SCOTLAND's police watchdog has come under fire over a lack of transparency after breaking its silence over the mystery disappearance of its chief executive.

The Scottish Police Authority has confirmed that Hugh Grover is actually on sick leave after initially refusing to comment on why he was not in post.

He did not attend the last SPA board meeting in May and no explanation was given for his absence.

Scotland’s financial watchdog, Audit Scotland, confirmed that another staff member had been appointed to take care of his responsibilities – dealt with under the title, 'accountability officer' – due to Mr Grover's absence.

READ MORE: Scottish Police Authority in transparency row after blocking the public from quizzing the board

A spokesman for Audit Scotland said: “The SPA notified us of the change in accountable officer and have agreed to keep us informed of any developments.”

It led to speculation that Mr Grover had left, just seven months after being appointed.

Before the SPA finally clarified what had happened to Mr Grover, 24 hours after it was reported he had resigned, Liberal Democrat Justice spokesman Liam McArthur revealed the Justice Committee has written to SPA chairwoman Susan Deacon seeking an urgent update and calling for more transparency.

He said: “The reported departure of the SPA’s chief executive, Hugh Grover, is deeply concerning.

Scottish police watchdog  in new transparency row over chief executive's absence

“Not only is Mr Grover less than six months in post but circumstances surrounding his exit appear to be shrouded in mystery.

“Such a lack of transparency is unhelpful and at odds with the promises made by the current chairwoman on taking up her role”.

The SPA statement said: "Following a report in the media today suggesting he had resigned his position, the SPA can confirm that Mr Hugh Grover continues to serve as its chief executive.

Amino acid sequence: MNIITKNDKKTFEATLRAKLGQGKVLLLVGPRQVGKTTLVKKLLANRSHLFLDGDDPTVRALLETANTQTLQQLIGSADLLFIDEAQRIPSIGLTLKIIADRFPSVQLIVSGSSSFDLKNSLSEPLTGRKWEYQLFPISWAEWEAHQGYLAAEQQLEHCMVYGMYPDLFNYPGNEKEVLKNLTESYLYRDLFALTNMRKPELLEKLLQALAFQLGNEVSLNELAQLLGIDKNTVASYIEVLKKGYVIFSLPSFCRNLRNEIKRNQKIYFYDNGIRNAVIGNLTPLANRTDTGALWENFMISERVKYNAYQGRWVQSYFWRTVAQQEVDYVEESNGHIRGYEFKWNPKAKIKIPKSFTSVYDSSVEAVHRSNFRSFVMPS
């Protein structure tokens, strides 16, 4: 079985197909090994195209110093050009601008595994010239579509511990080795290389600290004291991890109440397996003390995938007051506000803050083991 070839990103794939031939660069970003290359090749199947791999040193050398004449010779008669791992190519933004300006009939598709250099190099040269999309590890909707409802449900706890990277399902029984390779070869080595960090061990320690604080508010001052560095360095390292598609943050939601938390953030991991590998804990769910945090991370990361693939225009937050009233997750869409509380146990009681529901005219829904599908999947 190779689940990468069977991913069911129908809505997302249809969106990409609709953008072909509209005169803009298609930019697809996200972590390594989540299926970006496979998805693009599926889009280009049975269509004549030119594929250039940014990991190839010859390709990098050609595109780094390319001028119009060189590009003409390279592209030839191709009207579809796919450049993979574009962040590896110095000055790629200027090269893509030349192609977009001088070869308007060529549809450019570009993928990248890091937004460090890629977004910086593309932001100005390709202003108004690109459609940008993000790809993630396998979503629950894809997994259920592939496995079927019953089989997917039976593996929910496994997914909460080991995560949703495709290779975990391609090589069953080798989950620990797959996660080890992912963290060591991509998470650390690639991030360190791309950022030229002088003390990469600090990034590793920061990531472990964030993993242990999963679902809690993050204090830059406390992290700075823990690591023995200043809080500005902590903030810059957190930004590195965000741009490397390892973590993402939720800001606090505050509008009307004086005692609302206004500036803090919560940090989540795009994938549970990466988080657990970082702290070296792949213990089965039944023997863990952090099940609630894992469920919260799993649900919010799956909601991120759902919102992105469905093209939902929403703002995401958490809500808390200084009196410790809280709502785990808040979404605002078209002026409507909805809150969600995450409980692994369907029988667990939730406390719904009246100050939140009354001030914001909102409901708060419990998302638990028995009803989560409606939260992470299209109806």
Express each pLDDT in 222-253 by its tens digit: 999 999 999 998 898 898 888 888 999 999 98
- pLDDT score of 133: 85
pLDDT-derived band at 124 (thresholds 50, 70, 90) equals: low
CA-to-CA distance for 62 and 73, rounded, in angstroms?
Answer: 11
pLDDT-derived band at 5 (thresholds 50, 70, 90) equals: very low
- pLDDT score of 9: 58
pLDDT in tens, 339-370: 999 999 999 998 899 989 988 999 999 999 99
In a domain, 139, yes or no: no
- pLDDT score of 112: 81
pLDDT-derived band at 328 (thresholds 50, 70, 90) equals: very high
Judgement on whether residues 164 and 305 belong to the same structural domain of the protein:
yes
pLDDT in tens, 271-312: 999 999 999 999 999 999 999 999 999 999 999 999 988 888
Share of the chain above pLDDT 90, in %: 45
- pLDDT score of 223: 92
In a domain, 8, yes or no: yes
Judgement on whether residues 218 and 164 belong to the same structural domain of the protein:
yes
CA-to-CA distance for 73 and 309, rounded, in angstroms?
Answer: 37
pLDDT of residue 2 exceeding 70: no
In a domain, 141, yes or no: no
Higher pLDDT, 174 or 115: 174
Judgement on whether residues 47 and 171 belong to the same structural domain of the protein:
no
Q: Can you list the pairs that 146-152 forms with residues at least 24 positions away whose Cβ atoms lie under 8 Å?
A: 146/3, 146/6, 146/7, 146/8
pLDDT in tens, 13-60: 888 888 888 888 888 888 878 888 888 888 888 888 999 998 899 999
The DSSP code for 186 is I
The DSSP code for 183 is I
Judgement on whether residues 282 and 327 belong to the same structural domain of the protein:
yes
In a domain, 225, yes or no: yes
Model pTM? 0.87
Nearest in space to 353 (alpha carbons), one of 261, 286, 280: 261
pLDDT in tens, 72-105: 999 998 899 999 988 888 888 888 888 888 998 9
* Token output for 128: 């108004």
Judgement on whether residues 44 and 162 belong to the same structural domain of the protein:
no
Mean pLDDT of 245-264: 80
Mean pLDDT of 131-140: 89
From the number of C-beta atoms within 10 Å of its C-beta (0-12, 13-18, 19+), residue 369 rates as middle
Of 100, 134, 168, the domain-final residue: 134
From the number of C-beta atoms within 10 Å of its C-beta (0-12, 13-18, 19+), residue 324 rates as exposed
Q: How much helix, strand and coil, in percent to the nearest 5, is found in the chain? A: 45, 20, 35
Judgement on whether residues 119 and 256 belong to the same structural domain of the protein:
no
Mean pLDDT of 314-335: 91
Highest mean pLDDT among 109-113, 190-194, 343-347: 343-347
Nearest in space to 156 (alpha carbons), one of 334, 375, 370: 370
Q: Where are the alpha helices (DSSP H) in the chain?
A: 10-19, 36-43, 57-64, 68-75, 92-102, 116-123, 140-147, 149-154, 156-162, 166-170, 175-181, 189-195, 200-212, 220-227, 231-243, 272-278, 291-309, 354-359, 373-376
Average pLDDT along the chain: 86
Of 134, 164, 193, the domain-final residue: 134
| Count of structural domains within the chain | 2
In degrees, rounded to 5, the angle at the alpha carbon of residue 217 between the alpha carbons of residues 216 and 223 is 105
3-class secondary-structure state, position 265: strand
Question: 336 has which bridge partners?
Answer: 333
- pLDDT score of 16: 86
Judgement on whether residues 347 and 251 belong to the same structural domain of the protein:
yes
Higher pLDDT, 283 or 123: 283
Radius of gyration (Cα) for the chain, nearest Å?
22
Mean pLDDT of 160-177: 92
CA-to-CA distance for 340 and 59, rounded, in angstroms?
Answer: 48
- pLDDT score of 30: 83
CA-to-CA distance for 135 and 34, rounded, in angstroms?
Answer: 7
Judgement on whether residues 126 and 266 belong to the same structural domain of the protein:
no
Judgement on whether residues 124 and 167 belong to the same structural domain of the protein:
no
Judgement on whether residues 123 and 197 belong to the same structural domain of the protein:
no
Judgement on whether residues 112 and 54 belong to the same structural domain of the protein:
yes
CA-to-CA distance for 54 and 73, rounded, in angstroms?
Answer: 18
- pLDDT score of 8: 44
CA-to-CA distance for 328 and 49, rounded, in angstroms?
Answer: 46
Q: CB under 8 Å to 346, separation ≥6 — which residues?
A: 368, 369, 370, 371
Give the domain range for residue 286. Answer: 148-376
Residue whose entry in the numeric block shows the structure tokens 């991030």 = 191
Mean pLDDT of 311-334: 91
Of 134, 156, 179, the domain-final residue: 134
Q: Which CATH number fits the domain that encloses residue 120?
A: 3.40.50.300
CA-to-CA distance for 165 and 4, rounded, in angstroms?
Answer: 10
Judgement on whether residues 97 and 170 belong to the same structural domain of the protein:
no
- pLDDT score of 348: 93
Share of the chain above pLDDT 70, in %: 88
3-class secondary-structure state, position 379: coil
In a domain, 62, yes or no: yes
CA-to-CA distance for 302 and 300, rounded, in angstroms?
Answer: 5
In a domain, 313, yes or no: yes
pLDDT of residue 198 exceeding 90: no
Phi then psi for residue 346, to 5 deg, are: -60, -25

"While the SPA does not in normal circumstances comment publicly on confidential personnel issues, it is now in the public interest that we confirm that Mr Grover is currently absent from work on health grounds.

"An SPA director will continue to deputise for the chief executive and temporary arrangements are being agreed with the Scottish Government to cover Mr Grover’s accountable officer responsibilities, in line with guidance set out in the Scottish Public Finance Manual."

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It is not the first time the SPA has been mired in a transparency row.

In May, last year, it came under fire for suspending a policy that allowed members of the public to quiz the Scottish Police Authority (SPA).

The SPA in 2018 enabled citizens and stakeholders to quiz the SPA directly, but chairman Susan Deacon opted to “pause and review” the system.

The SPA, under the leadership of former chair Andrew Flanagan, suffered a barrage of political and media criticism in 2017 over a series of anti-openness proposals.

Mr Flanagan wanted to hold SPA committee meetings behind closed doors and restrict the publication of official papers, but an outcry led to a u-turn.

A related row over his treatment of ex board member Moi Ali, who had opposed the plans, eventually led to his resignation.

But Mr Flanagan did open up the SPA in other ways, such as allowing external groups and individuals to email questions to the board.

Ms Deacon, a former Labour health minister who stood down as an MSP in 2007, replaced him as chair to bring “a fresh perspective to the governance of Scottish policing” after the authority was mired in controversy involving several executives.

Mr Grover's role involves acting as the principal adviser to the board of the Scottish Police Authority as well as having responsibility for a policing budget of over £1bn.

The previous chief executive, John Foley, took early retirement at the end of August, 2017 after the SPA decided to do away with the post of chief executive and have the director of forensic services report directly to the SPA board.

This followed heavy criticism from MSPs and the police watchdog HMICS about governance of the police authority.

Mr Grover has over 25-years-experience working across the public sector.

From 2012 to 2017 he led the development of a new investment company responsible for the management of the pension assets, worth £35bn, of London's 33 local authorities.

He also served as the organisation’s first chief executive from 2015.